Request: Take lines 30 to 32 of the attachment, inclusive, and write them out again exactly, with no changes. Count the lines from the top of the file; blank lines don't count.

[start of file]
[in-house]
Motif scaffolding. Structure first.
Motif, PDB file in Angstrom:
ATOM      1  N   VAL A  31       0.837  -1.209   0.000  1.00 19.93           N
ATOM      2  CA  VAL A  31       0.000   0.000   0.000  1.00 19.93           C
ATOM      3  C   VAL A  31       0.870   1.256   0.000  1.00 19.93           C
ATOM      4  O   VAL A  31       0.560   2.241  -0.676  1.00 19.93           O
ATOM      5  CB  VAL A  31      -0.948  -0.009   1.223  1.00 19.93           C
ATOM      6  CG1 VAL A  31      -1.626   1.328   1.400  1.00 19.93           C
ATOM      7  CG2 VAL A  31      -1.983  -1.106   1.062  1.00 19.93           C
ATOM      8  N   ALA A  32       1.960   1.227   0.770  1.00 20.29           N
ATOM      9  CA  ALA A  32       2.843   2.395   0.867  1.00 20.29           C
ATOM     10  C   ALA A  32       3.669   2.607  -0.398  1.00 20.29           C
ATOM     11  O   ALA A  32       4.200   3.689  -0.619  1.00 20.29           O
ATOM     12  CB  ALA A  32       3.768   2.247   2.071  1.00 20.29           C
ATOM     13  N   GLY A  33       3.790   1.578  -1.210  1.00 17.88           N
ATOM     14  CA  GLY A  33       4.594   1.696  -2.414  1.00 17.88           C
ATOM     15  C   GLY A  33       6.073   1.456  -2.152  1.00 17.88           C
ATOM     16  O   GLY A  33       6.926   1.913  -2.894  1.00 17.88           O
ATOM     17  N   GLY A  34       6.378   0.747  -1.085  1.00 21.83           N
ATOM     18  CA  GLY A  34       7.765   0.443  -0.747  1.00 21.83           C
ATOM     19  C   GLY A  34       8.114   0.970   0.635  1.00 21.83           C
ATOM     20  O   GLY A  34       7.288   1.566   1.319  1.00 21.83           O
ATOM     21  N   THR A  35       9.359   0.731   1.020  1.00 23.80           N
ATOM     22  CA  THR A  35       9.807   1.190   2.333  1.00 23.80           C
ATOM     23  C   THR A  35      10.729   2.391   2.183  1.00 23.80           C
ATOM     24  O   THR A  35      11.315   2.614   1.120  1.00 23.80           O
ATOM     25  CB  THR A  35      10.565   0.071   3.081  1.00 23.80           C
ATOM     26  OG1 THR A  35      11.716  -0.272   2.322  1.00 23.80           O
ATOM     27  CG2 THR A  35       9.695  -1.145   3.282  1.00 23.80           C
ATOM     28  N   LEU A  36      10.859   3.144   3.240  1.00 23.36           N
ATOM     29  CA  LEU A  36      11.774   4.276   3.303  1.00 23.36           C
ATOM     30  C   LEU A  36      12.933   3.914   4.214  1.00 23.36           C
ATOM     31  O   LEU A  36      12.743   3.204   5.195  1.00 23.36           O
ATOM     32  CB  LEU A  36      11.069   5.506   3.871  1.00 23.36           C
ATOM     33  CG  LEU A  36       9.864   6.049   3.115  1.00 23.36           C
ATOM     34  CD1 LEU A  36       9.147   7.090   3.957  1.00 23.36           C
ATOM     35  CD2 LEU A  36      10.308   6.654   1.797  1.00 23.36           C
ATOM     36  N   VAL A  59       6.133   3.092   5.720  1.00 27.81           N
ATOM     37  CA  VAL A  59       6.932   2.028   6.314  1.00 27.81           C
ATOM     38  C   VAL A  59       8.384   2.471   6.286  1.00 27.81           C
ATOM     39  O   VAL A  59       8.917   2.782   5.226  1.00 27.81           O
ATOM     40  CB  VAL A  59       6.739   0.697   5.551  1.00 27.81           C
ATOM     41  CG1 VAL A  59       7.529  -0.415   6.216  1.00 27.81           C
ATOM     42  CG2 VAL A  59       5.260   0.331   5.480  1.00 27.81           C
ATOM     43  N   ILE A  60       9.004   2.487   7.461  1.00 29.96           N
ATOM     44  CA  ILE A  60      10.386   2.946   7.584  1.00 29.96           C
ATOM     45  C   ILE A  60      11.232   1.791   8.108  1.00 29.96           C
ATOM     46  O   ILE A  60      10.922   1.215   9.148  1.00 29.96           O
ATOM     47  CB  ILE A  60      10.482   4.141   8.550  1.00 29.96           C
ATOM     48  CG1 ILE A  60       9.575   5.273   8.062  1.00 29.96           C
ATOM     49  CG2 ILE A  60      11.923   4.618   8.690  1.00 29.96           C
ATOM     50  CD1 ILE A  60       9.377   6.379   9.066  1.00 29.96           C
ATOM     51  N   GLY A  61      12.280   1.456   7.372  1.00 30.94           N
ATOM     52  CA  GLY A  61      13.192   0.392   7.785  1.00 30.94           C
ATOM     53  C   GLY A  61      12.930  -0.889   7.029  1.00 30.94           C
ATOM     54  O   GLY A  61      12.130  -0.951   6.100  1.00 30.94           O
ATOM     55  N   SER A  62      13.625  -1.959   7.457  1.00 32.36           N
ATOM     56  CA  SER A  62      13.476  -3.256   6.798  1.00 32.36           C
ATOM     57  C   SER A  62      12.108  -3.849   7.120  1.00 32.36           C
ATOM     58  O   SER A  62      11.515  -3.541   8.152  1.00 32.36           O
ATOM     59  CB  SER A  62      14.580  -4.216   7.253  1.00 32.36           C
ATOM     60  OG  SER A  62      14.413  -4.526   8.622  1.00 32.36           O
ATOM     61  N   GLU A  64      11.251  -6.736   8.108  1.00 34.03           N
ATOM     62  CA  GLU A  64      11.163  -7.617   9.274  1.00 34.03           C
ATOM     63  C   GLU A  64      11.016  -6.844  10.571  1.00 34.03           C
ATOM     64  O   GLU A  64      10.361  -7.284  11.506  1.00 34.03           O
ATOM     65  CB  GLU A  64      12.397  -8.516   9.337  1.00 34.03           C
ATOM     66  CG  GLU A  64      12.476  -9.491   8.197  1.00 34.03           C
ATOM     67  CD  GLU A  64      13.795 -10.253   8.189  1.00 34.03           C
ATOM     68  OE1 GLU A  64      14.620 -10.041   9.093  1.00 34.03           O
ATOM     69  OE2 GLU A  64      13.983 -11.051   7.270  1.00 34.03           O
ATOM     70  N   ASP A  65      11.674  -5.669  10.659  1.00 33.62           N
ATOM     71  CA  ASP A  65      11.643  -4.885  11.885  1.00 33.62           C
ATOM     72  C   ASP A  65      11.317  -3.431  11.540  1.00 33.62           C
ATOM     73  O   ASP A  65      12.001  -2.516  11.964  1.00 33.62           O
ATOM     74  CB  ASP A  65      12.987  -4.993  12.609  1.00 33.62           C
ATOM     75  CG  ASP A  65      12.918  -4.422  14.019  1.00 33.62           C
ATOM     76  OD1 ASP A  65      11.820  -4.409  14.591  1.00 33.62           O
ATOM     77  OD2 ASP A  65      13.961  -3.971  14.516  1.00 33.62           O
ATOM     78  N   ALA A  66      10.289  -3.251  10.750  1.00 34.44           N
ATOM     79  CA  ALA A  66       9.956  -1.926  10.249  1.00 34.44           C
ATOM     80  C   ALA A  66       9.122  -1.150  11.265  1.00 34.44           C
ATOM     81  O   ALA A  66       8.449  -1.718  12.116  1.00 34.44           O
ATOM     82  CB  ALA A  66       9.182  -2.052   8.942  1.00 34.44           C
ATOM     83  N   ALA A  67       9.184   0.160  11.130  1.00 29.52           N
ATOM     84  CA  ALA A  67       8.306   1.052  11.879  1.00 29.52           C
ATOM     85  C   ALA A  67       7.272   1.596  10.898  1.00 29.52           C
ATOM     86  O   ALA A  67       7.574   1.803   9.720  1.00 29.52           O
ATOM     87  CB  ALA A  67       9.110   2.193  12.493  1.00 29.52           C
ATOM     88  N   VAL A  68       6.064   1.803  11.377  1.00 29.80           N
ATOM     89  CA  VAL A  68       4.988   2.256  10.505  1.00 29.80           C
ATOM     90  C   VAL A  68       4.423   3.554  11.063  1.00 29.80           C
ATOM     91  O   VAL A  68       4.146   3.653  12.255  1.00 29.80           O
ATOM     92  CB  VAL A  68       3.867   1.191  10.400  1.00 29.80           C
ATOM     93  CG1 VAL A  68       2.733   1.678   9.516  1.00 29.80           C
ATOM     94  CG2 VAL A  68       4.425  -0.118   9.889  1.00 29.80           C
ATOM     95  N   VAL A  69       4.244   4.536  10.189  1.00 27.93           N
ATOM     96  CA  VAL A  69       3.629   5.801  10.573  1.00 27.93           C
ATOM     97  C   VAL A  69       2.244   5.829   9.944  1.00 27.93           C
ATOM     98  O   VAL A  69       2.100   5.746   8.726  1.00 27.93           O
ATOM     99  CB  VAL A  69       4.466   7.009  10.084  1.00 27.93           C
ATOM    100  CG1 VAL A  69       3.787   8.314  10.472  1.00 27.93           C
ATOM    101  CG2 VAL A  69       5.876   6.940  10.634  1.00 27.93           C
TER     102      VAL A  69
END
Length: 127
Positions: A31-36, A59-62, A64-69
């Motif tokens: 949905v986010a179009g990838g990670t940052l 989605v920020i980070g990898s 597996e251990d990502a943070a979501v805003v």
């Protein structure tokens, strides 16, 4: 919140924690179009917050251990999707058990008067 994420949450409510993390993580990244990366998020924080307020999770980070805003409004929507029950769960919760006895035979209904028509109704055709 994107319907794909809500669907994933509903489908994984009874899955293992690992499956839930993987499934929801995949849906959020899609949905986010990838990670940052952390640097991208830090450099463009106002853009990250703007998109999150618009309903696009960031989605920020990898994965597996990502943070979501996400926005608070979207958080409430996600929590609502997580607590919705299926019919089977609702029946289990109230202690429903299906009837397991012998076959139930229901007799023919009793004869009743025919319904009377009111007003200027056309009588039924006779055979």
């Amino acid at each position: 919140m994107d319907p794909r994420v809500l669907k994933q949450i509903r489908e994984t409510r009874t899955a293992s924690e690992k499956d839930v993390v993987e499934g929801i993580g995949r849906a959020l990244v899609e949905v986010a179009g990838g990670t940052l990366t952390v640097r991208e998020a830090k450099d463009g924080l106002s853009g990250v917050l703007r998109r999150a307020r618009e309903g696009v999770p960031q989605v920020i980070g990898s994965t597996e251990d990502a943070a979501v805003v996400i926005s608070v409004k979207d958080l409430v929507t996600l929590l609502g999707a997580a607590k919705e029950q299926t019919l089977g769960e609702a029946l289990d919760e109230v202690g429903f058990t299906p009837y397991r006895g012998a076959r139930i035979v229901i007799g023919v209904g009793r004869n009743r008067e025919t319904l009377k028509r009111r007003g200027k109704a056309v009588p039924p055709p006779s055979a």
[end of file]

ATOM     27  CG2 THR A  35       9.695  -1.145   3.282  1.00 23.80           C
ATOM     28  N   LEU A  36      10.859   3.144   3.240  1.00 23.36           N
ATOM     29  CA  LEU A  36      11.774   4.276   3.303  1.00 23.36           C